I have said that Texas is a state of mind, but I think it is more than that. It is a mystique closely approximating a religion. And this is true to the extent that people either passionately love Texas or passionately hate it and, as in other religions, few people dare to inspect it for fear of losing their bearings in mystery or paradox. But I think there will be little quarrel with my feeling that Texas is one thing. For all its enormous range of space, climate, and physical appearance, and for all the internal squabbles, contentions, and strivings, Texas has a tight cohesiveness perhaps stronger than any other section of America. Rich, poor, Panhandle, Gulf, city, country, Texas is the obsession, the proper study, and the passionate possession of all Texans.
In its severe forms, depression paralyzes all of the otherwise vital forces that make us human, leaving instead a bleak, despairing, desperate, and deadened state... Life is bloodless, pulseless, and yet present enough to allow a suffocating horror and pain. All bearings are lost; all things are dark and drained of feeling. The slippage into futility is first gradual, then utter. Thought, which is as pervasively affected by depression as mood, is morbid, confused, and stuporous. It is also vacillating, ruminative, indecisive, and self-castigating. The body is bone-weary; there is no will; nothing is that is not an effort, and nothing at all seems worth it. Sleep is fragmented, elusive, or all-consuming. Like an unstable, gas, an irritable exhaustion seeps into every crevice of thought and action.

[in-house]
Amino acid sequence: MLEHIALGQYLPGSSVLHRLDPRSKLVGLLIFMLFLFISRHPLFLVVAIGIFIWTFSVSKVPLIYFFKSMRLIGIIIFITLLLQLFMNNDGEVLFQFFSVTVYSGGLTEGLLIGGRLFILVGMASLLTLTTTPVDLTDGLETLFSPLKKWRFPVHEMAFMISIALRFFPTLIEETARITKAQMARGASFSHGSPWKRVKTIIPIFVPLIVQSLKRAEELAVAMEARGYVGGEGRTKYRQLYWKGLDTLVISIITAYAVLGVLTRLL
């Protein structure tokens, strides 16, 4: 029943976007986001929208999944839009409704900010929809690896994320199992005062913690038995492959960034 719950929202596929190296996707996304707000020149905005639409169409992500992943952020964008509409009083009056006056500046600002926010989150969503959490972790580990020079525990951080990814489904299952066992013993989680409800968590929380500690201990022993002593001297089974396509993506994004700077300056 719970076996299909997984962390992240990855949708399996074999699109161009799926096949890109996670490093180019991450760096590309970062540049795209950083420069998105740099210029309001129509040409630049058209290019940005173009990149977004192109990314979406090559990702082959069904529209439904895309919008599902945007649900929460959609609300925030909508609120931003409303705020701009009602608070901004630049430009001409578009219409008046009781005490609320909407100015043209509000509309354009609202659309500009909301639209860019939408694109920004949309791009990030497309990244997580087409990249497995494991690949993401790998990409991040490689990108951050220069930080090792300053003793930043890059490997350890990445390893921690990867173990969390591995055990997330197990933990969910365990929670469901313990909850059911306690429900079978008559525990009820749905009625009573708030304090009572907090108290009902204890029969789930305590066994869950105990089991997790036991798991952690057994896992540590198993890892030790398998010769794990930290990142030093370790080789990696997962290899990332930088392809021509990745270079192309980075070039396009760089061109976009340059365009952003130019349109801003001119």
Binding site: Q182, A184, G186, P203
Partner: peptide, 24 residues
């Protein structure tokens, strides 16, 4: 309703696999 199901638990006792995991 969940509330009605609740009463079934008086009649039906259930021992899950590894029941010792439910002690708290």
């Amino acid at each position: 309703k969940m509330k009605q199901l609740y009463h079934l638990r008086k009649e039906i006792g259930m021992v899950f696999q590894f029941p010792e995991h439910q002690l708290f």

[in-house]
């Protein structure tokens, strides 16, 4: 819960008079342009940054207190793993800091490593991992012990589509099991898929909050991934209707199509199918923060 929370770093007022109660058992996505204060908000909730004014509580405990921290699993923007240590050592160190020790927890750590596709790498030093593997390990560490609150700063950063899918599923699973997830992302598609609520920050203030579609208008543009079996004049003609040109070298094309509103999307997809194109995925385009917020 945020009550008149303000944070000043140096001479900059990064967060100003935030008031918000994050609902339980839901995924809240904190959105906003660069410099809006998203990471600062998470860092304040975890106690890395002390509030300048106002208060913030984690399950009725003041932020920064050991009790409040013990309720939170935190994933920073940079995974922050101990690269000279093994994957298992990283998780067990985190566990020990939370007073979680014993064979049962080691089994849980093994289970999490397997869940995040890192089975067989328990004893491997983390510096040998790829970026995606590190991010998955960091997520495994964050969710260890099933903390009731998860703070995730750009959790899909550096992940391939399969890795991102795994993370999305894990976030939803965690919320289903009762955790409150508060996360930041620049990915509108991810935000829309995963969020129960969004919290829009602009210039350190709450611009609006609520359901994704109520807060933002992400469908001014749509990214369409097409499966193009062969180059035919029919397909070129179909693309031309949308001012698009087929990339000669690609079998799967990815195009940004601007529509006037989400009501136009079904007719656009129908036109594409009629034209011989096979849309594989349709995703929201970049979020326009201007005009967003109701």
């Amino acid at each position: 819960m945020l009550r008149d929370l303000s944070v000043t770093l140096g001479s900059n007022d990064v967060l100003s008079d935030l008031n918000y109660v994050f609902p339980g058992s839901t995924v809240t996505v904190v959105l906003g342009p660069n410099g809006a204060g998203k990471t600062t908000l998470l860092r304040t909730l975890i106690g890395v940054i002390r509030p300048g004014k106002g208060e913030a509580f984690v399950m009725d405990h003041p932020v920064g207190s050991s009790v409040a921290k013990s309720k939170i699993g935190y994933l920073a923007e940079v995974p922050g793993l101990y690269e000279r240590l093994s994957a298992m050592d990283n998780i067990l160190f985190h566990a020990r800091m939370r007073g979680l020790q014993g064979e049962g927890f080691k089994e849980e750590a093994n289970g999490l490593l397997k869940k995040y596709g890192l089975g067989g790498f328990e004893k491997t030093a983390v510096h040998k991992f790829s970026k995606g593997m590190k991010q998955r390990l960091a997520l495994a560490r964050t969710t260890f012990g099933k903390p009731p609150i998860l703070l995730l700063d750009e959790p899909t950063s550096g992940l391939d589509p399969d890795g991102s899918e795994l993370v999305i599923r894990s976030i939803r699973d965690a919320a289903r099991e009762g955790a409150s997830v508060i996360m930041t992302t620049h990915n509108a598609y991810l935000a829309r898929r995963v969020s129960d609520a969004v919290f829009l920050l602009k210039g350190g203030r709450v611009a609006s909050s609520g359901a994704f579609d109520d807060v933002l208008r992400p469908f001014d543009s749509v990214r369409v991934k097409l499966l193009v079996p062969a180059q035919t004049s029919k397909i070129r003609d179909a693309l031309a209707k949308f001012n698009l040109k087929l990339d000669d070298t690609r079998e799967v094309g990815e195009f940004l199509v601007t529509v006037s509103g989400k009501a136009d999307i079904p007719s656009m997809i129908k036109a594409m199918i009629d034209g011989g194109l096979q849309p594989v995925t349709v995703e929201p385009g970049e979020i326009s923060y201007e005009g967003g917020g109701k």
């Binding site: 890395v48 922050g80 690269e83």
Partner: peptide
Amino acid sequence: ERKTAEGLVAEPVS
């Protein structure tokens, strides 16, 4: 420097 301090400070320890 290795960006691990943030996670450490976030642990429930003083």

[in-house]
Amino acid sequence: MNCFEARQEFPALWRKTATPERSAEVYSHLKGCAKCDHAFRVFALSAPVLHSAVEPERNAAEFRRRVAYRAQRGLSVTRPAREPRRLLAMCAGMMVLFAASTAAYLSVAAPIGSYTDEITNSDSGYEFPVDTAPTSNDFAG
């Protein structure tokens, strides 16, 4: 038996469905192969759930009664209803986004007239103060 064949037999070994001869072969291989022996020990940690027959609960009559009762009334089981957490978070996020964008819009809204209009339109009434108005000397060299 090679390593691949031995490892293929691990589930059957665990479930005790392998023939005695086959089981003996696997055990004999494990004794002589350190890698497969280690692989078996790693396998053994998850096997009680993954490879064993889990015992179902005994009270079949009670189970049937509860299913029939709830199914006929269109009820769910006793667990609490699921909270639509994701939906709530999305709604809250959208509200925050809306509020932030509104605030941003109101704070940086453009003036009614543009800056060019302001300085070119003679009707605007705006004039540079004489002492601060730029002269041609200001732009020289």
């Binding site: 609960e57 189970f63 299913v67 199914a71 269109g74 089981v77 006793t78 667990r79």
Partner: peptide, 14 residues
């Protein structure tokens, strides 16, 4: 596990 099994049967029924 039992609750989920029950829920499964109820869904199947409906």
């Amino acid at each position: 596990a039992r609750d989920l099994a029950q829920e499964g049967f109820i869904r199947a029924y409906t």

Kay Redfield Jamison
O Divine Poesy, goddess, daughter of Zeus, sustain for me this song of the various-minded man who, after he had plundered the innermost citadel of hallowed Troy, was made to stay grievously about the coasts of men, the sport of their customs, good and bad, while his heart, through all the sea-faring, ached with an agony to redeem himself and bring his company safe home. Vain hope - for them. The fools! Their own witlessness cast them aside. To destroy for meat the oxen of the most exalted Sun, wherefore the Sun-god blotted out the day of their return. Make this tale live for us in all its many bearings, O Muse.' - from Homer's Odyssey, translation by T.E. Lawrence (Lawrence of Arabia)
THE economic consequences of fluctuations in the objective exchange-value of money have such important bearings on the life of the community and of the individual that as soon as the State had abandoned the attempt to exploit for fiscal ends its authority in monetary matters, and as soon as the large-scale development of the modern economic community had enabled the State to exert a decisive influence on the kind of money chosen by the market, it was an obvious step to think of attaining certain socio-political aims by influencing these consequences in a systematic manner. Modern currency policy is something essentially new; it differs fundamentally from earlier State activity in the monetary sphere.
Ludwig von Mises